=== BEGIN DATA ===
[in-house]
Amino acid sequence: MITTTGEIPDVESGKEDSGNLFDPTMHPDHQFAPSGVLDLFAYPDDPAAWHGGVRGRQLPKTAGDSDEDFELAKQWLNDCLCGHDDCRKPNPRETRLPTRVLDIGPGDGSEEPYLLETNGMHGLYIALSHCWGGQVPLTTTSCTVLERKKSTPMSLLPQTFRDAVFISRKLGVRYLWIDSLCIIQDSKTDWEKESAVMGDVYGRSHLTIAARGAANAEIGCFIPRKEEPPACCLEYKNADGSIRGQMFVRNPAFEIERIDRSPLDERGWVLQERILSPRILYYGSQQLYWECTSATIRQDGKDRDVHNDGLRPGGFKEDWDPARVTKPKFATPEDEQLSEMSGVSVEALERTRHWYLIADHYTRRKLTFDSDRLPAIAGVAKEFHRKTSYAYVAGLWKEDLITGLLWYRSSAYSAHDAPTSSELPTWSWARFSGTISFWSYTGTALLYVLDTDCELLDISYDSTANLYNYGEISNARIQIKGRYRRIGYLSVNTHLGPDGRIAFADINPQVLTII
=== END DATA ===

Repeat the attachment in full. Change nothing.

[in-house]
Amino acid sequence: MITTTGEIPDVESGKEDSGNLFDPTMHPDHQFAPSGVLDLFAYPDDPAAWHGGVRGRQLPKTAGDSDEDFELAKQWLNDCLCGHDDCRKPNPRETRLPTRVLDIGPGDGSEEPYLLETNGMHGLYIALSHCWGGQVPLTTTSCTVLERKKSTPMSLLPQTFRDAVFISRKLGVRYLWIDSLCIIQDSKTDWEKESAVMGDVYGRSHLTIAARGAANAEIGCFIPRKEEPPACCLEYKNADGSIRGQMFVRNPAFEIERIDRSPLDERGWVLQERILSPRILYYGSQQLYWECTSATIRQDGKDRDVHNDGLRPGGFKEDWDPARVTKPKFATPEDEQLSEMSGVSVEALERTRHWYLIADHYTRRKLTFDSDRLPAIAGVAKEFHRKTSYAYVAGLWKEDLITGLLWYRSSAYSAHDAPTSSELPTWSWARFSGTISFWSYTGTALLYVLDTDCELLDISYDSTANLYNYGEISNARIQIKGRYRRIGYLSVNTHLGPDGRIAFADINPQVLTII